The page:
Yes, infrastructures need not have been funded by NSF to be eligible for CRI funding. The CRI Program will fund enhancements that extend or enhance the research capabilities or useful life of your infrastructure. You can also request funding to support the expansion of your facilities to serve a broader group of researchers inside or external to your institution. So, for example, you might virtualize access to your infrastructure so that it can be used remotely.
We have a collection of equipment that successfully supported our research in the past. Now that it has served its useful life in that context, can we apply for funding to make it usable for student projects and courses? Can we request funding to transform it into a resource that can be used by a broader educational community? In that case, what will CRI fund?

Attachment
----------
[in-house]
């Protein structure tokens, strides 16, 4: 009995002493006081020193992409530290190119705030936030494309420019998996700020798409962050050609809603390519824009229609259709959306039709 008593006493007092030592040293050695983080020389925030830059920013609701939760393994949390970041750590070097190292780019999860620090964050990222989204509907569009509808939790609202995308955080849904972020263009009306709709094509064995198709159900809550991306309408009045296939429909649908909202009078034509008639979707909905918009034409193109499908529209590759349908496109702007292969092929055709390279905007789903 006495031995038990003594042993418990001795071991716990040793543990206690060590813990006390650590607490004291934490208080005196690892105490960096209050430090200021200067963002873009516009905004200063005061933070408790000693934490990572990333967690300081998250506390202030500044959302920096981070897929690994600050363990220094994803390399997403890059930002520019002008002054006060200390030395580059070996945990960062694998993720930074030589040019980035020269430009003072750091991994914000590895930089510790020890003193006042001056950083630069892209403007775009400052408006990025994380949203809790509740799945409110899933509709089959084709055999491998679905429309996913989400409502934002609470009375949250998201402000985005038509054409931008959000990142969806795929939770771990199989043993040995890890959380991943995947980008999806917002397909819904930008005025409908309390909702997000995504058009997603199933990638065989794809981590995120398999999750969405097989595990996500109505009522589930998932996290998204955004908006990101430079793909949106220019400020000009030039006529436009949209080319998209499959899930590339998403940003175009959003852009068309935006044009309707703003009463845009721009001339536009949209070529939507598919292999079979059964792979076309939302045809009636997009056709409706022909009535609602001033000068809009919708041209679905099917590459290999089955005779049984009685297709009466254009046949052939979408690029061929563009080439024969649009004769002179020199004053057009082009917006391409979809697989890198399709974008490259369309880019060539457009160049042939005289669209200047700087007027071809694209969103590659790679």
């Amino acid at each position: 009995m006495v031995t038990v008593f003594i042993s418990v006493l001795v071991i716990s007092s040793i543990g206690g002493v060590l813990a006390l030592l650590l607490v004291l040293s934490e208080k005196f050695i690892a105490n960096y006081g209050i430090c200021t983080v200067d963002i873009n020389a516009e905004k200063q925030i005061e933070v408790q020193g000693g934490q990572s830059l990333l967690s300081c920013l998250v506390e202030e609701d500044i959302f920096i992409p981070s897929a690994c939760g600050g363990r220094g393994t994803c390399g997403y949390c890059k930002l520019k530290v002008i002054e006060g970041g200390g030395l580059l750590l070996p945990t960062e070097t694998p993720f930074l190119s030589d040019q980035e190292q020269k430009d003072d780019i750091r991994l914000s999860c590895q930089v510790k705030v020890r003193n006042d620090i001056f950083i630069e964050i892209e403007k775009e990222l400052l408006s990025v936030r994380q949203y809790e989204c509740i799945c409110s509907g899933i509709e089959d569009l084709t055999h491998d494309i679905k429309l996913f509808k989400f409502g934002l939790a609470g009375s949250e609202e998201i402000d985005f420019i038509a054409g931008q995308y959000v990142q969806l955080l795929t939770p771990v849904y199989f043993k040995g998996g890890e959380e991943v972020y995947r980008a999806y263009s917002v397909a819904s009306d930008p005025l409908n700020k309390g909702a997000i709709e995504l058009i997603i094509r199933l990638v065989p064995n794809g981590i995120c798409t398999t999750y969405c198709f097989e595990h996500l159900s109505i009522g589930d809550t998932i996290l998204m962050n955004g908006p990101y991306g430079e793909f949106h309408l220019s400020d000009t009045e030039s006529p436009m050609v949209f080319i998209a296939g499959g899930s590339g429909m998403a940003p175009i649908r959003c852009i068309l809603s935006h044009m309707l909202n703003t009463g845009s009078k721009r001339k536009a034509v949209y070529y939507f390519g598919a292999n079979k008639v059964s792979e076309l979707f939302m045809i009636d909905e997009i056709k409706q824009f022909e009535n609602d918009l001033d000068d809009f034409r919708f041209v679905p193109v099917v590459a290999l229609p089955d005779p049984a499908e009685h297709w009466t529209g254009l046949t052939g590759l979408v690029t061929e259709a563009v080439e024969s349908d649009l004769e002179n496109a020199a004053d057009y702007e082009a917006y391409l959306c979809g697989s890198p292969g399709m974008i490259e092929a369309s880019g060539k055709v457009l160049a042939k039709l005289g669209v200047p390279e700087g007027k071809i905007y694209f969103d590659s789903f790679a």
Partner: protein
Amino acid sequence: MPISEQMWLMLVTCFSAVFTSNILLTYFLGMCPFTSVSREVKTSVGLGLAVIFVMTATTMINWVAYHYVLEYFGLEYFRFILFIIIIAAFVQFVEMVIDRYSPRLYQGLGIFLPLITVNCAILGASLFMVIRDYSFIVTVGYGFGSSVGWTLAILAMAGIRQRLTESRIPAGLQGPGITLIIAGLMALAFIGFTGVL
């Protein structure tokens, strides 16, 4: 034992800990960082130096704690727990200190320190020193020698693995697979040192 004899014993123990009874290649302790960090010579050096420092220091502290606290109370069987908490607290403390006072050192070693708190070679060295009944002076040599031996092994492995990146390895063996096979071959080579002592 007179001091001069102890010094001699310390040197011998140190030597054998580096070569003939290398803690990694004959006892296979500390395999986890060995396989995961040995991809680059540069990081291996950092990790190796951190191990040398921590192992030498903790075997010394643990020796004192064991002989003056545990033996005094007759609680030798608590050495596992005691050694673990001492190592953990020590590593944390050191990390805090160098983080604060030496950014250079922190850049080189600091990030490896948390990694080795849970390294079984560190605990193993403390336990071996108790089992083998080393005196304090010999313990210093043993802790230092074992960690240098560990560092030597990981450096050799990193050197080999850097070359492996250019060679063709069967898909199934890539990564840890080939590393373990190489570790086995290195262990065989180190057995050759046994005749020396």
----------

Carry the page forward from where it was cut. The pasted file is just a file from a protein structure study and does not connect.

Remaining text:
The CRI program will support educationally-focused infrastructure efforts. Those efforts could be designed to engage students who participate in research projects. CRI will also support projects that enhance an infrastructure so that it better serves strictly educational purposes. For example, you might transform your existing research platform so that it supports course work, provides a unique research experience for undergraduate educational purposes at your institution or at institutions in your geographical area. CRI is especially interested in supporting projects that make research infrastructure available to pre-K, K-12 institutions, community colleges, minority-serving institutions and predominantly undergraduate institutions.
For allowable funding requests, refer to the appropriate section of the CRI Program announcement that applies to the activity you plan.
Our research infrastructure requirements are quite modest in the context of the CRI funding limits. Will CRI fund research equipment or data purchases in the $50K region?